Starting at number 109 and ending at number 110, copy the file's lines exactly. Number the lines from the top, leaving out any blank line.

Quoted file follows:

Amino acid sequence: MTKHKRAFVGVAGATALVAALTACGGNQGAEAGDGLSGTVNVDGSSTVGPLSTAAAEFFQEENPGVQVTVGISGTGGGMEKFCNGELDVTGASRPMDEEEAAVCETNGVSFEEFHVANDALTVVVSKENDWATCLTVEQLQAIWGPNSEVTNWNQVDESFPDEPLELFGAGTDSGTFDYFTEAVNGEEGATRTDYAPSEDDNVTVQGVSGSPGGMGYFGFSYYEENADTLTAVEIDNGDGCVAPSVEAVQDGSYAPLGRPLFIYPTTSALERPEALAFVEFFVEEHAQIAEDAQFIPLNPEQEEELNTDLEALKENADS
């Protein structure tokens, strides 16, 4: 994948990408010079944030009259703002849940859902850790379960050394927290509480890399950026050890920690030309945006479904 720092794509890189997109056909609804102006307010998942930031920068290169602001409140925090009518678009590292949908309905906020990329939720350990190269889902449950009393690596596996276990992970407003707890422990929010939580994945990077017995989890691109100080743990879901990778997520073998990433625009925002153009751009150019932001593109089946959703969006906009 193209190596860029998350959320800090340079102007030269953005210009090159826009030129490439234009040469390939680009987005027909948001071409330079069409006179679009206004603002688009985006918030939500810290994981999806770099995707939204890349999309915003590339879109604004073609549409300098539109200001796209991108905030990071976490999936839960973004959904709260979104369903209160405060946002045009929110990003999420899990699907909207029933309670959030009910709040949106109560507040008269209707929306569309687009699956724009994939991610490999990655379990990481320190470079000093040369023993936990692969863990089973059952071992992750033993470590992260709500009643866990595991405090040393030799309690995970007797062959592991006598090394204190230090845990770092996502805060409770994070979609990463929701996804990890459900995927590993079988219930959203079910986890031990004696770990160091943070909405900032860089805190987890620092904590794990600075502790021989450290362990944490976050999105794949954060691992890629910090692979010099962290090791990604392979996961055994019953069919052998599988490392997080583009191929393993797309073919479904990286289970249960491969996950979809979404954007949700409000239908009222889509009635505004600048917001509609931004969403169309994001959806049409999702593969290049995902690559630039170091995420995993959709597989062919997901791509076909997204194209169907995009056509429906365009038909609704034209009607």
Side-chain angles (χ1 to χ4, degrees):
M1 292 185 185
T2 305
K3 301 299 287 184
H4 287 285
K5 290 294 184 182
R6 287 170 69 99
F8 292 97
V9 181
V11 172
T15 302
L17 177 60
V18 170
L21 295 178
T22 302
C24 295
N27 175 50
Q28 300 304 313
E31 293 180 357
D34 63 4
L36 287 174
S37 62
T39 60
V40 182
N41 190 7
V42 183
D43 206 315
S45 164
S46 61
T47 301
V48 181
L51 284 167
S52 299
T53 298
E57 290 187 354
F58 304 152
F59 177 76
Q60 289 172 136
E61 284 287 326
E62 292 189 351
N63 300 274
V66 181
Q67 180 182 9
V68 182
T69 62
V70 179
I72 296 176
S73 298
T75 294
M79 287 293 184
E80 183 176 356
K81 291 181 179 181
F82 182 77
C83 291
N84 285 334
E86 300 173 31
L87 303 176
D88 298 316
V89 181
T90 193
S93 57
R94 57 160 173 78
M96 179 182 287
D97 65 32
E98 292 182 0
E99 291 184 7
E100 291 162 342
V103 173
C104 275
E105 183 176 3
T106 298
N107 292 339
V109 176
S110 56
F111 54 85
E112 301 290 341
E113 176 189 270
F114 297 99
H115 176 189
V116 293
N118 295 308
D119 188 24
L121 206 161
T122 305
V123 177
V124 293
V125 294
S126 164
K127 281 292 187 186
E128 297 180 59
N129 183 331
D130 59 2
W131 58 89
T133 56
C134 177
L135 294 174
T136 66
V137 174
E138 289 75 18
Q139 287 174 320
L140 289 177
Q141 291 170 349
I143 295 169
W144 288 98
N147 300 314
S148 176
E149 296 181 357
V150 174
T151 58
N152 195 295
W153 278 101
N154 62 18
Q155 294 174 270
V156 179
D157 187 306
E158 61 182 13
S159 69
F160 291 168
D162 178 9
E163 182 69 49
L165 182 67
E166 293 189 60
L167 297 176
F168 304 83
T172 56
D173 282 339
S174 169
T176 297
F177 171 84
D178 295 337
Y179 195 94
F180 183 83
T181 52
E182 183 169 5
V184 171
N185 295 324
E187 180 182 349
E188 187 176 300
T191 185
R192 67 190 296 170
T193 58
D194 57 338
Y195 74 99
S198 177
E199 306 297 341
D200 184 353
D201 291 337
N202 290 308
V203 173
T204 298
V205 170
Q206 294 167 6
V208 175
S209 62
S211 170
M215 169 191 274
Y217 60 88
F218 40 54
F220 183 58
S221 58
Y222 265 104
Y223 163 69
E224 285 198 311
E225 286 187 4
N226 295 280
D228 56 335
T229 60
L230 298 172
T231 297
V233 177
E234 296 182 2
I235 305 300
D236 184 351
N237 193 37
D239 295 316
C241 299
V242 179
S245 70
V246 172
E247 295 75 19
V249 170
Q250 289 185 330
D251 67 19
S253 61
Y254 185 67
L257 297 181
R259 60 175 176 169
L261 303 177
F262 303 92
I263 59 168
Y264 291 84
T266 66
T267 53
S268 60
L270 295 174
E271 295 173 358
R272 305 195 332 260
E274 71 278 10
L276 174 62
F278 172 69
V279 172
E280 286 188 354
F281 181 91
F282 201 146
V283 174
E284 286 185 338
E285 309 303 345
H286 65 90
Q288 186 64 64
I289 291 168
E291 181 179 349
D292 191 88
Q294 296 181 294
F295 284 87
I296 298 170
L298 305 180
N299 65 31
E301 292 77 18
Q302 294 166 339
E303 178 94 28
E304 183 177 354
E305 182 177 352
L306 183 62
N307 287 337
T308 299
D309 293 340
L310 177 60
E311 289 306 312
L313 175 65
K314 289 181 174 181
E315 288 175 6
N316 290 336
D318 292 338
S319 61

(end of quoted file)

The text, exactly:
E149 296 181 357
V150 174